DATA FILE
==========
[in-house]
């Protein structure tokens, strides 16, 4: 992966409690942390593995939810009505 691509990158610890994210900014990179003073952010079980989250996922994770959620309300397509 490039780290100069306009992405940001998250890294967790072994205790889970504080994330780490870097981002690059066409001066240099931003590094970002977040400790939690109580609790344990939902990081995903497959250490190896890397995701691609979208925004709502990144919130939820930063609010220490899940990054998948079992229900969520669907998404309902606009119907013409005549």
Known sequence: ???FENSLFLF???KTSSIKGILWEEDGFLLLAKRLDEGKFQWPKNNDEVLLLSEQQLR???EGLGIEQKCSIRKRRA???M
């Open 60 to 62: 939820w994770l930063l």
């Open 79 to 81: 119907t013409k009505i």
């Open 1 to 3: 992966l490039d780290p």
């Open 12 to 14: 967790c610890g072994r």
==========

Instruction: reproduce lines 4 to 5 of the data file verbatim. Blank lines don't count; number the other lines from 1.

């Open 60 to 62: 939820w994770l930063l």
């Open 79 to 81: 119907t013409k009505i």